Are distributions to physician owners of LLC units in a physician owned distributor (POD) considered reportable payments or other transfers of value or are they incidents of ownership and not considered reportable?

If a POD falls within the definition of an applicable manufacturer or applicable group purchasing organization (or both), then they must report distributions provided to physician owners of LLC units in the POD for purposes of Open Payments.

What should distributors, which offer a multitude of covered and non-covered products, report in the Product Indicator data element regarding related covered drug, device, biological or medical supply?

Distributors that are considered applicable manufacturers because they hold title to a covered drug, device, biological or medical supply may report "None" in the Product Indicator indicating that the payment or other transfer of value was not associated with any covered drugs, device, biological or medical supply if the payment or other transfer of value was related to the distributor's full line of products, rather than any specific covered products.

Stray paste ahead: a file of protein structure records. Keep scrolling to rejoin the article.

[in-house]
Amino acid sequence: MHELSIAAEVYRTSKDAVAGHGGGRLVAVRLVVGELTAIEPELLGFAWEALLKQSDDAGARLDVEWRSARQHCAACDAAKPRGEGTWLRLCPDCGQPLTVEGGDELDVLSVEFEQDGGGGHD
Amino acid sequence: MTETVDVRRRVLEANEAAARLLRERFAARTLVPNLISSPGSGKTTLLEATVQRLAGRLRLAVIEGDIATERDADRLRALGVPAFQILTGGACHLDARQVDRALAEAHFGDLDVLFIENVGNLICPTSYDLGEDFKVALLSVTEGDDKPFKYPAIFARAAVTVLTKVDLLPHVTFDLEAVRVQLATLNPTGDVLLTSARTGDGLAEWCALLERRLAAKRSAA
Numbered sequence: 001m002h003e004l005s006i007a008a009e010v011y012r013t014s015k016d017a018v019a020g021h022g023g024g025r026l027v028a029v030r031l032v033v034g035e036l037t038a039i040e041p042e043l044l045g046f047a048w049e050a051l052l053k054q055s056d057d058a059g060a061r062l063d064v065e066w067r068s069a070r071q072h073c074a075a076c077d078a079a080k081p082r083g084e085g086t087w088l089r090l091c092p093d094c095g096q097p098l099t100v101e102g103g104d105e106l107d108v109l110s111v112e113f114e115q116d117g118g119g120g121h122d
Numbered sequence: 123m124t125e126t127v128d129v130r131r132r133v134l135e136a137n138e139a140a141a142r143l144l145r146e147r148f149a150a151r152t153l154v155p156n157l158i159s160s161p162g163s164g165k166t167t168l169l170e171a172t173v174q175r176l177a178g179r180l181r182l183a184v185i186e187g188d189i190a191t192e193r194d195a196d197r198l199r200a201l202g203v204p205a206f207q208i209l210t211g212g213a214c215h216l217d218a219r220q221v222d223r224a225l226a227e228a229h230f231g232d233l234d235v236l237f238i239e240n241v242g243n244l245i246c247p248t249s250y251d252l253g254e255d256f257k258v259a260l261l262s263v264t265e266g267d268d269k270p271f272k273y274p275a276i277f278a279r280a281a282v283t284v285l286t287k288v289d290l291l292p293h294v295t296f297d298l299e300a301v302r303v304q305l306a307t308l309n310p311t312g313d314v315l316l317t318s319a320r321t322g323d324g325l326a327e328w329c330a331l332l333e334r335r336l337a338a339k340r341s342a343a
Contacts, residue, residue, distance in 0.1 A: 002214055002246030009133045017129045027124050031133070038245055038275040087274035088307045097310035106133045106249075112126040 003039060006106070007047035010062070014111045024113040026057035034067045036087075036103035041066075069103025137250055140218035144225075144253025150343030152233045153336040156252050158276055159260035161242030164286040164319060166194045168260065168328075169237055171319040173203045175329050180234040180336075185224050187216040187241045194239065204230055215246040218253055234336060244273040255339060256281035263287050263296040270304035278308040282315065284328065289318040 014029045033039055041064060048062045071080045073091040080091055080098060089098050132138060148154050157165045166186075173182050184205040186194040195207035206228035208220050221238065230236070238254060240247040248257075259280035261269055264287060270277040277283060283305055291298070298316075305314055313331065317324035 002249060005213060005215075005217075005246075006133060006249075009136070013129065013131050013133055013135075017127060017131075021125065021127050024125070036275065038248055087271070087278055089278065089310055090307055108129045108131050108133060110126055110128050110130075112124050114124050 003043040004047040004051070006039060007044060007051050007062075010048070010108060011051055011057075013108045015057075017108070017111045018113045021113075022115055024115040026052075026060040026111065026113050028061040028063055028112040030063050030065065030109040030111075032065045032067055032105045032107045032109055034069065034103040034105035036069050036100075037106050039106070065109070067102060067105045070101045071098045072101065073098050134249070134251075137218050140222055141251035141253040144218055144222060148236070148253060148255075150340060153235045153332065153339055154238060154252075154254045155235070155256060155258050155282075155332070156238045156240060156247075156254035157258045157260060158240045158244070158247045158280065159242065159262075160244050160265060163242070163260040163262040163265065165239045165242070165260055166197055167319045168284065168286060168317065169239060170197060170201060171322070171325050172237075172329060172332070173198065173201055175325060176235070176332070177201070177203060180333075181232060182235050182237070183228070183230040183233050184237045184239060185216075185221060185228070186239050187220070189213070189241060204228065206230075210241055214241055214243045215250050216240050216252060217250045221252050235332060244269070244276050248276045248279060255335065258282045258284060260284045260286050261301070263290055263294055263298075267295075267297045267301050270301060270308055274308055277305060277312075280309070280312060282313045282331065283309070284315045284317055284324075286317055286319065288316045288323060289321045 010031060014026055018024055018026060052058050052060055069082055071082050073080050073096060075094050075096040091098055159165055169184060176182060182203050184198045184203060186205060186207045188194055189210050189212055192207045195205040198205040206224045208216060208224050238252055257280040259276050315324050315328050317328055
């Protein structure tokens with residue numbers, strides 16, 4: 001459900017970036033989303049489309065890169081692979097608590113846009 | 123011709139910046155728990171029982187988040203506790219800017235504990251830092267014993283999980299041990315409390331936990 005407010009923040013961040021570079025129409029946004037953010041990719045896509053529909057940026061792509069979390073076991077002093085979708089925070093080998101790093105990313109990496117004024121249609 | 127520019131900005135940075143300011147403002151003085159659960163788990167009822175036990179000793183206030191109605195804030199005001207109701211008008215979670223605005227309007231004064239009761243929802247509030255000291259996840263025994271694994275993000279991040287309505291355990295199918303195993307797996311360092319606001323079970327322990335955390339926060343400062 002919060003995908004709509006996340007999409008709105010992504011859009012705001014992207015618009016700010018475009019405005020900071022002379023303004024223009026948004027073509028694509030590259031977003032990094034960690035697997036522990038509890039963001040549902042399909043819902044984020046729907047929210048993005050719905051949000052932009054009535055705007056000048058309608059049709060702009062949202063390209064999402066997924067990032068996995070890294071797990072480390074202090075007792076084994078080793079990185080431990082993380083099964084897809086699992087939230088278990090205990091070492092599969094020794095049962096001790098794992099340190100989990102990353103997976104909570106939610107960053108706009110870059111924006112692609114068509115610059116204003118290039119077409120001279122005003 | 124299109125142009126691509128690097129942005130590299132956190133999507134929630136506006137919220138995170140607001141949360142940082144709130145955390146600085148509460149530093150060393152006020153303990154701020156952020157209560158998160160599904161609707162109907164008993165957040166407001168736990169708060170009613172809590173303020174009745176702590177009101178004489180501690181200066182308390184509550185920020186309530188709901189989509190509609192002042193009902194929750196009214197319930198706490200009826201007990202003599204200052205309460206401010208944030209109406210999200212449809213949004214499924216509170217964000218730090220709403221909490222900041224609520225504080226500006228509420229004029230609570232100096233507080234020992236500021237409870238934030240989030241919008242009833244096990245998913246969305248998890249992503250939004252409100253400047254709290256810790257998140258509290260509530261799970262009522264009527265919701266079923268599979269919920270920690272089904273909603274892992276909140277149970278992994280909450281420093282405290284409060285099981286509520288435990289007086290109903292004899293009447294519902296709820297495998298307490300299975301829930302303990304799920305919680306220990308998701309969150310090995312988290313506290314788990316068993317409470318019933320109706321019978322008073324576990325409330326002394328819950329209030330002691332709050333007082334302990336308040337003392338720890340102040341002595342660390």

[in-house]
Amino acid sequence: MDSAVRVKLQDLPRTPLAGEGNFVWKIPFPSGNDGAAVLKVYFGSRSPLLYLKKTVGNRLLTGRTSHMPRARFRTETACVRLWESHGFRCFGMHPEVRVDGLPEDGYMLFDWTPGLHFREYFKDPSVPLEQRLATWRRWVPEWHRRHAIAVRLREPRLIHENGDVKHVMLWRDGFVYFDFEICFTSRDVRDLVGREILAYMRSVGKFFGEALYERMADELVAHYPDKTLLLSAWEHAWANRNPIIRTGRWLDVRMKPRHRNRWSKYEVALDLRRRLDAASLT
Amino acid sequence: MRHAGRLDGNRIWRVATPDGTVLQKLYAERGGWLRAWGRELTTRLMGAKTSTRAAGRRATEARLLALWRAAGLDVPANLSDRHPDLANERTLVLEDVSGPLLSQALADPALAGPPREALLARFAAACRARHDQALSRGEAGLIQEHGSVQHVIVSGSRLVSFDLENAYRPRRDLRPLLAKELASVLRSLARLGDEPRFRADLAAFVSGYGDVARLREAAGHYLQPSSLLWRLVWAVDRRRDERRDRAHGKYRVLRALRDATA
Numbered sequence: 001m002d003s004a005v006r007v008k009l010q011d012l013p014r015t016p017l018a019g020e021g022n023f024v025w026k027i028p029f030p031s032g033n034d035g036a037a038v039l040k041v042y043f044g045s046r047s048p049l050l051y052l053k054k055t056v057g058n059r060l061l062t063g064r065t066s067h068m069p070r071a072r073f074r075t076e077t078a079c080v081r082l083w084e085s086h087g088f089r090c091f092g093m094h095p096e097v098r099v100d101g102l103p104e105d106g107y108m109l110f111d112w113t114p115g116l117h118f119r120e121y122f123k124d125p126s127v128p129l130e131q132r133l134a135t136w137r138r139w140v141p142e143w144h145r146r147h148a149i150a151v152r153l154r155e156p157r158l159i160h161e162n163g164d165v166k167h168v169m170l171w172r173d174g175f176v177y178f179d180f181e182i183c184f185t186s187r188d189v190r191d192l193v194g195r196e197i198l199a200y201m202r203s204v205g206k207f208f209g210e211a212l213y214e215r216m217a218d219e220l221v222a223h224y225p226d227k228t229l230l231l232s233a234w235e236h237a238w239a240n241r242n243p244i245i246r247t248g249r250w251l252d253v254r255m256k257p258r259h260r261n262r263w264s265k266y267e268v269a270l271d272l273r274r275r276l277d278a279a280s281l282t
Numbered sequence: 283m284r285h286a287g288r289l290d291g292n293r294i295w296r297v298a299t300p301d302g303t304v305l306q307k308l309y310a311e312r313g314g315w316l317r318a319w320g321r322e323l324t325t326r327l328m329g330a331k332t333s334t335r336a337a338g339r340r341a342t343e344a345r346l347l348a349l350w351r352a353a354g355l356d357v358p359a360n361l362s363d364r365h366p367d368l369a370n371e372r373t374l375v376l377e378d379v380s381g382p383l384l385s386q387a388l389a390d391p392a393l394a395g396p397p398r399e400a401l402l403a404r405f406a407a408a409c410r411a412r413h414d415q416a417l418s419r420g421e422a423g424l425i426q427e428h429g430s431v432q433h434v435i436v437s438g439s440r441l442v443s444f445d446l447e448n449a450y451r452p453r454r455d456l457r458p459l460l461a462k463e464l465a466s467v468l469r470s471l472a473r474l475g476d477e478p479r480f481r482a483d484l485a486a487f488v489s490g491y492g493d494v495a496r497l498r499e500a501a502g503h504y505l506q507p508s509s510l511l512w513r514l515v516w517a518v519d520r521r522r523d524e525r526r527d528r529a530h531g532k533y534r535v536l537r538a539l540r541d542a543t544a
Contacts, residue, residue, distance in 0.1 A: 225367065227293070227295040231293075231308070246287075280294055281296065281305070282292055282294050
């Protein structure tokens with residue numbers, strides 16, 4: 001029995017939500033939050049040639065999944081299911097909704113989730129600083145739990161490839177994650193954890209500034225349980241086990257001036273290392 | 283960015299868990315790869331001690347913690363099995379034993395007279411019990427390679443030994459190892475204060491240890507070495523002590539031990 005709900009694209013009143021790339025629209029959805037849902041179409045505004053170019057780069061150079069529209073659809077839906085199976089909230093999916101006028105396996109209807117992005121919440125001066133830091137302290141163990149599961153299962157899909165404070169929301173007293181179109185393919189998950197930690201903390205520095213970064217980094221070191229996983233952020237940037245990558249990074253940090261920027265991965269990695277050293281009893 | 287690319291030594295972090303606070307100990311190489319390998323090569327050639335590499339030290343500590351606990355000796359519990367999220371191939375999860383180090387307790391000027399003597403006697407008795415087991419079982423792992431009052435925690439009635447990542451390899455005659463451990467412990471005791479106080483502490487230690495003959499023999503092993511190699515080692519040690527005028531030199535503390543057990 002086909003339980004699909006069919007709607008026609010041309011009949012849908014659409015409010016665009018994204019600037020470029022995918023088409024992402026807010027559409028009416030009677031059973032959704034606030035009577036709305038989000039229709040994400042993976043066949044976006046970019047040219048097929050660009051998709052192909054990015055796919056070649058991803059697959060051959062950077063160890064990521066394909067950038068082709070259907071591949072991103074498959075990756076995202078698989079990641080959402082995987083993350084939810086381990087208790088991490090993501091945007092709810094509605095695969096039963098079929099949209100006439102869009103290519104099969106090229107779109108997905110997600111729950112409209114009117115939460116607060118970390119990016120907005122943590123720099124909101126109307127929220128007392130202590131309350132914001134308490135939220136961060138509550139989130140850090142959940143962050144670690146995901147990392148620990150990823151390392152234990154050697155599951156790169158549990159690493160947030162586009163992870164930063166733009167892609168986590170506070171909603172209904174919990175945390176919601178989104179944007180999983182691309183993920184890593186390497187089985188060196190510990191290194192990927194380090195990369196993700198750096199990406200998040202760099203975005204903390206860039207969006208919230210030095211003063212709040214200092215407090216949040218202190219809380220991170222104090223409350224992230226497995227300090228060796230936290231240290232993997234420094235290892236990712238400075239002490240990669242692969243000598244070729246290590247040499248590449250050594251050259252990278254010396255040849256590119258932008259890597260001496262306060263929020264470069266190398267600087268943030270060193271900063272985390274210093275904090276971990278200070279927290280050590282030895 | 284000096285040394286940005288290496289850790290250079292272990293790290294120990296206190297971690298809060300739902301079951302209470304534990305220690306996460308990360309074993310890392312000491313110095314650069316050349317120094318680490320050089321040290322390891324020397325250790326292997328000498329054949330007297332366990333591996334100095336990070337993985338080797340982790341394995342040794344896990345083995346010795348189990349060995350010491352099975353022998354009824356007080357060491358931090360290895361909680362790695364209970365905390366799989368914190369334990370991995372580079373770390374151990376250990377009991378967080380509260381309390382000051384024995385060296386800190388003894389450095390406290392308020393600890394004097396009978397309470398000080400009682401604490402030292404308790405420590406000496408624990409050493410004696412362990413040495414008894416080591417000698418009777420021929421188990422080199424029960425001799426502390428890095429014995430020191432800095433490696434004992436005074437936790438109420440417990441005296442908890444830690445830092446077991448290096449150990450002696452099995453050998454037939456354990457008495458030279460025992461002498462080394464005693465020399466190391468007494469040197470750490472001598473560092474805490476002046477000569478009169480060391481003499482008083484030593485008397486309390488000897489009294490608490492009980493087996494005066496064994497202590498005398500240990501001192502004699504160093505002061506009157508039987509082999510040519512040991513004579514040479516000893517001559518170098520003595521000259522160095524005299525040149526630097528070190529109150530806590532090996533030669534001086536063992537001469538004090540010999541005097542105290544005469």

Is a distributor considered an applicable manufacturer if it holds title to devices and drugs and distributes and sells medical devices and drugs from a manufacturer to hospitals and ambulatory surgery centers or covered recipients for use in surgical procedures, and payment for all products is limited to commercial insurance and private payer only?

An applicable manufacturer, as defined by 42 C.F.R § 403.902, is an entity that is engaged in the production, preparation, propagation, compounding, or conversion of a covered drug, device, biological, or medical supply, or is under common ownership with an applicable manufacturer and provides assistance or support to such entity with respect to the production, preparation, propagation, compounding, conversion, marketing, promotion, sale or distribution of a covered product or a distributor or wholesaler (including, but not limited to, repackagers, relabelers, and kit assemblers) that do not hold title to any covered drug, device, biological or medical supply. A "covered device" (including a medical supply that is a device) is any device for which (1) payment is available under Medicare, Medicaid, or the Children's Health Insurance Program (CHIP), either separately (such as through a fee schedule or formulary) or as part of a bundled payment, and (2) by law, requires premarket approval by or premarket notification to the FDA.